Senate and House Redistricting Committees Meet in Houston
HOUSTON - The Senate Committee on Redistricting and the House Committee on Redistricting met together for a joint public hearing at the George R. Brown Convention Center in Houston Saturday, March 4, 2000. The committees are holding public hearings throughout the state to hear from the public relating to future legislative, congressional, and State Board of Education districts. Redistricting is the process of redrawing district lines as they relate to population after they take the national census every ten years. Both the United States Constitution and the Texas Constitution require the legislature to redistrict decennially.
The hearing began with a presentation from David Hanna of the Texas Legislative Council (TLC). TLC is a legislative support agency that assists both houses of the Texas Legislature in drafting laws. Hanna presented an overview of the redistricting process, including the Miranda warning, one person--one vote and its court origins and constitutional sources, terminology, and current law. The Miranda warning is included because of the numerous lawsuits surrounding the redistricting process. The committees then heard from Marshall Turner, Chief of Census 2000 Redistricting Office, and Al Mirabal, Regional Director of the Dallas Office of the Census Bureau, who discussed Census 2000 and Texas specific efforts.
Alan Ware, also representing TLC, gave a presentation on communities of interest, updated population projections for 2000 and a population overview for the Houston region. Ware's testimony included the court-defined traditional districting principles: compactness, contiguity, respect for political subdivisions, respect for communities defined by shared interests, preservation of cores of prior districts, protection of incumbents, and compliance with Section 2 of the Voting Rights Act. Communities of interests data has been gathered for all counties by county commissioner precincts, justice of the peace precincts, city limits, and school districts. Additional data has been collected for selected larger counties that are likely to be split by new district boundaries include high school attendance zones, single-member city council districts, city planning areas, recognized neighborhoods, and local policing areas. Ware's presentation showed that the twenty-four county Houston areas projected overall population growth is 21%, higher than the overall state rate of 20.5%. Eleven of the twenty-four counties grew faster than the state rate. Polk County's expected growth is 82%, they estimate that Fort Bend County's growth is 63.5%, and Montgomery County has a projected population growth of 62%. The actual census numbers will not be available until April of 2001.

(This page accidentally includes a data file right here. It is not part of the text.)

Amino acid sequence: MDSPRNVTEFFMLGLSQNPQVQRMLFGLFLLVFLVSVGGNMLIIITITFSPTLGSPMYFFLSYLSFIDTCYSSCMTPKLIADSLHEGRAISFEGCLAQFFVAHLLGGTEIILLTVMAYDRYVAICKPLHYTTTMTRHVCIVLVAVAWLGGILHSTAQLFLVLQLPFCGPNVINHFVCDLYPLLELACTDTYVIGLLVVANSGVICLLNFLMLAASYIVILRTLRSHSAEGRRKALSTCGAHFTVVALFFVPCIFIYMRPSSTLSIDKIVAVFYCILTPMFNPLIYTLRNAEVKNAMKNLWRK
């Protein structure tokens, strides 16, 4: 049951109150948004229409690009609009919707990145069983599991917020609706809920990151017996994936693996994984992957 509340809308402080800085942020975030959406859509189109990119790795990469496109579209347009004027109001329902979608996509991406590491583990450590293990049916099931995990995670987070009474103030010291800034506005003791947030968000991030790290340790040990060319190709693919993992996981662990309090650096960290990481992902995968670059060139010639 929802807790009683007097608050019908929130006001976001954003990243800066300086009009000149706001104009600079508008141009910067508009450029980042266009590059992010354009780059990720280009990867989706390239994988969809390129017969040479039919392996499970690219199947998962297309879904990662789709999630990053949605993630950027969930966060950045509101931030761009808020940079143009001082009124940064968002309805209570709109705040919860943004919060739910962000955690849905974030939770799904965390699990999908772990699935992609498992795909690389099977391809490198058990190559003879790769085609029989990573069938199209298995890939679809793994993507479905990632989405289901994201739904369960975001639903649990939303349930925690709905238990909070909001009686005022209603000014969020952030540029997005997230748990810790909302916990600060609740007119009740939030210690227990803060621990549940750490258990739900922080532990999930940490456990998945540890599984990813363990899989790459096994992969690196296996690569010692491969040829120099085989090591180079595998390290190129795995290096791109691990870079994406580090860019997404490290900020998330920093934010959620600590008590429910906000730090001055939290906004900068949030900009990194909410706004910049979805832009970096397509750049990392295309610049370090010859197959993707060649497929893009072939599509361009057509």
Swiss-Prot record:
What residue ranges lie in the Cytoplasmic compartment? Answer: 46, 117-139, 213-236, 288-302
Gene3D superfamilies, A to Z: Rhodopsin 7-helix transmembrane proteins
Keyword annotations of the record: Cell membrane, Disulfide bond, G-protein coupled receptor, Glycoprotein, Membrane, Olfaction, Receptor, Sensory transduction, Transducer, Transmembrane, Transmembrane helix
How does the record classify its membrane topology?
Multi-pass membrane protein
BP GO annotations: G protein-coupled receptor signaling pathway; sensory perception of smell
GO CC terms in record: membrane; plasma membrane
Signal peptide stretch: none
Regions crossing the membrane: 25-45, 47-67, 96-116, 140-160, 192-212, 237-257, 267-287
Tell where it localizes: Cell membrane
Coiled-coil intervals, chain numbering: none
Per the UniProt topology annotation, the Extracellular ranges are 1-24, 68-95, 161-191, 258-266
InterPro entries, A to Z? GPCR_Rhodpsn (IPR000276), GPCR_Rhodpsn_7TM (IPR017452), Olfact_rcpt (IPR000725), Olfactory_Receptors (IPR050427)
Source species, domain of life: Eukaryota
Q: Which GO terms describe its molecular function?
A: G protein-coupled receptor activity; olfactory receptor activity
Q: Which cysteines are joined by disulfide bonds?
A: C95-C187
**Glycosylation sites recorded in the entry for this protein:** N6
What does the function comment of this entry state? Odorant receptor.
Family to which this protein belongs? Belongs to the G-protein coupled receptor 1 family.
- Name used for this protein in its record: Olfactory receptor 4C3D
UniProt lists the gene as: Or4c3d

Several local House members testified. Representative Rick Noriega testified about the potential undercount and its relationship to minority populations, particularly Hispanic populations. Representative Debra Danburg testified about the importance of similar community of interests and historically bonded areas when drawing new district lines. George Korbel, representing the Mexican-American Legislative Caucus, testified about projected population growth in the Rio Grande Valley.
The committees received other testimony from Mark Campos, Ruth Wood, Johnny N. Mata representing League of United Latin American Citizens (LULAC), Cruz Giovanni Garibay, Frank Denton representing the Conroe /Lake Conroe Chamber of Commerce, Edward Blume representing the Campaign for a Color-blind America, Olga Rodriguez representing Latina PAC (Political Action Committee), Wade Webster, Barbara Schwartz representing the League of Women's Voters in Houston and Montgomery County, and Stephen Damiani. Written testimony was submitted by Jerry Wood, Deputy Assistant Director of Planning and Development for the City of Houston.
The committees will continue holding hearings throughout the state to hear public input on the redistricting process. The committees welcome relevant testimony from any person, including anecdotal and narrative information, opinions, general impressions, suggestions for action, and information about specific candidates, elections, or districts.